Poach: To simmer gently in hot liquid.

Preheat: To bring the oven or grill to the desired temperature before placing the food in to cook.

Puree: To process a food into a smooth creamy paste, usually with a blender or food processor.

Roast: To cook using dry heat, usually in an oven.

Roux: A mixture of fat and flour cooked together until the flour has turned an even, nut-brown color.

Saute: To cook or brown in a small amount of oil or butter on top of the stove.

Scald: To heat a liquid, usually milk or cream, to just below the boiling point, until small bubbles appear around the edges of the pan.

Scalloped: To bake with crumbs of bread or cracker.

Score: To make slashes in meats or breads before baking.

Sear: To brown the a surface of  meat on all sides quickly by cooking in a little fat at a very high heat which will seal in the meats juices. 

Sieve: To strain liquid from food through the fine mesh holes of a strainer. 

Sift: To pass dry ingredients, such as flour and baking powder, through a sifter to remove lumps and create a fine powder.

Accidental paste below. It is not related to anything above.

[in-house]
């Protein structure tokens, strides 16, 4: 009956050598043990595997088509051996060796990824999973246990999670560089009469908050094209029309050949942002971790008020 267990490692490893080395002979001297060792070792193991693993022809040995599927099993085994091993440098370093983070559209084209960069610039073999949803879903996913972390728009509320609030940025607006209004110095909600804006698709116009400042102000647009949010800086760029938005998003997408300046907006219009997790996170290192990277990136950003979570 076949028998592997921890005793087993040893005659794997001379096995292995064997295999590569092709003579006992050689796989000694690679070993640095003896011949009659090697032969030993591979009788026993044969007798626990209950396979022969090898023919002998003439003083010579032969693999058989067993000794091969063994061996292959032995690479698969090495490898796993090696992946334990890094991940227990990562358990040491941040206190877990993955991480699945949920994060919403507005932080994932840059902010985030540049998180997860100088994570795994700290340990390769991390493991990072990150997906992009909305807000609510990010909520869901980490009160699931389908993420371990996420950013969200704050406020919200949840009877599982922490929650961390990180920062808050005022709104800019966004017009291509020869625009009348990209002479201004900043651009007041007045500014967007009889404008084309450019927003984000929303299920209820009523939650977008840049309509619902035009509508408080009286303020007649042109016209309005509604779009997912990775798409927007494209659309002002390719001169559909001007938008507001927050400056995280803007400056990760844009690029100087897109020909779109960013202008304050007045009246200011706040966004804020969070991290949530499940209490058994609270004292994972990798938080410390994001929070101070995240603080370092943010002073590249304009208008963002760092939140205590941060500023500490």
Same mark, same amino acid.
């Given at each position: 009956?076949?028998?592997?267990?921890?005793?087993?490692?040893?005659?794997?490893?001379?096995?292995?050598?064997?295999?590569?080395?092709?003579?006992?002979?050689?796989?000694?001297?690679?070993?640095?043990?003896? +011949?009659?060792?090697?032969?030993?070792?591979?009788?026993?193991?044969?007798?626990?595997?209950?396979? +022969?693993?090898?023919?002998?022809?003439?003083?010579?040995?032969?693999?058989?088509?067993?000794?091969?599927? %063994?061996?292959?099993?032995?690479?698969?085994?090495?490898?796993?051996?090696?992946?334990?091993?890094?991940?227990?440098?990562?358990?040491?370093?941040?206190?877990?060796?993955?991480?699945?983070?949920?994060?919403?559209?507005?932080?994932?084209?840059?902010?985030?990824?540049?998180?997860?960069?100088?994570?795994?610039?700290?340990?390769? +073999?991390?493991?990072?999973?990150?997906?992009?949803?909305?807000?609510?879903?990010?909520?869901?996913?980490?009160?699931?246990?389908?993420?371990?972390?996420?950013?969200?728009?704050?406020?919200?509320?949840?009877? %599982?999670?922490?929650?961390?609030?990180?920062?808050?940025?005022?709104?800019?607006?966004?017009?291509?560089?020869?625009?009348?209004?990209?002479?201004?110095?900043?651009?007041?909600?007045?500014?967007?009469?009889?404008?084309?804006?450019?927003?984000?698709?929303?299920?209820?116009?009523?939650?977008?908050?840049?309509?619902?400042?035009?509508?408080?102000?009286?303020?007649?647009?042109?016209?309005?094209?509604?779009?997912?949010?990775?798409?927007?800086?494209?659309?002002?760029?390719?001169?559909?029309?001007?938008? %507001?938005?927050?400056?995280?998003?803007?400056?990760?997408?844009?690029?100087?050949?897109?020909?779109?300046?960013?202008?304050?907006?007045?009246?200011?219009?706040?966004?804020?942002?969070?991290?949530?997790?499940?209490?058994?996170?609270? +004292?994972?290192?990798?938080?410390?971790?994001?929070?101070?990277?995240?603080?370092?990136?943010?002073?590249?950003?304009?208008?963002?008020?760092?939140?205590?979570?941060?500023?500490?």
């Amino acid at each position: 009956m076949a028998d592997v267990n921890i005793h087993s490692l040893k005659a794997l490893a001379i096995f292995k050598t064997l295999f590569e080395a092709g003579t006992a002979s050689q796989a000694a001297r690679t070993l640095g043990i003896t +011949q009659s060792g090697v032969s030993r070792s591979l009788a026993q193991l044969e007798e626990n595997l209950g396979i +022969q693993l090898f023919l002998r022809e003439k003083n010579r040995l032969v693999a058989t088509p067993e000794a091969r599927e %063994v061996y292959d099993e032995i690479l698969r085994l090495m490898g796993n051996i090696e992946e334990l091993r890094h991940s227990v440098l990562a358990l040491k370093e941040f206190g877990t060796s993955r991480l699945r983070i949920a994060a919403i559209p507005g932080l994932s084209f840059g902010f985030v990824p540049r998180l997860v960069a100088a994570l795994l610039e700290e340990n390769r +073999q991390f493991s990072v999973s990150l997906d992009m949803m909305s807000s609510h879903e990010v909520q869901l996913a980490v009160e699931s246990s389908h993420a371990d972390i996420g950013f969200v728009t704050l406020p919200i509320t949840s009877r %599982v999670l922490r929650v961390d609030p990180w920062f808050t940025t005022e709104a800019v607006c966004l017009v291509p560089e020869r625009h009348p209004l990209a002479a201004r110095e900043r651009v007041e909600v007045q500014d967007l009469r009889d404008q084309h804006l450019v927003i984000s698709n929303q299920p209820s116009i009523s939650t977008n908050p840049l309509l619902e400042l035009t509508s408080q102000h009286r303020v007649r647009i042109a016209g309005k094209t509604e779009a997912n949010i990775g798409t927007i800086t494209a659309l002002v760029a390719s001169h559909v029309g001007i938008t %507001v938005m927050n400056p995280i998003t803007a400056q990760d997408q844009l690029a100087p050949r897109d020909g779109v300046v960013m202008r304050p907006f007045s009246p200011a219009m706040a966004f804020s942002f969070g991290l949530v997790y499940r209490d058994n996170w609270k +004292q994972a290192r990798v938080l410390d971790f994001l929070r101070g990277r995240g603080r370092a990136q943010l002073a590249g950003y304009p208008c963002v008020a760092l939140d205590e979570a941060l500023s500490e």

Simmer: To cook liquid at a temperature just below the boiling point, low enough for tiny bubbles to form around the edge of the pan..

Snip: To cut into tiny pieces with scissors or knife.

Steam: To cook food over boiling water or wrapped in foil to create steam.

Stew: To cook slowly for a long period of time in a liquid.

Stir-fry: To fly quickly over high heat with a small amount of oil, butter or margarine, stirring constantly.

Truss: To tie a fowl or meat or wooden skewers so that the shape is preserved during cooking and moisture is retained.

Vent: To allow to circulate and allow escape of steam.

Warm: To heat a food using a very low temperature not higher then 105°F to 115°F

Whip: To mix ingredients quickly and vigorously using a beater or whisk to incorporate air bubbles which increases volume.

Zest: The thin outermost skin layer of citrus fruit which contains flavorful aromatic oils, removed with a zester, paring knife or vegetable peeler.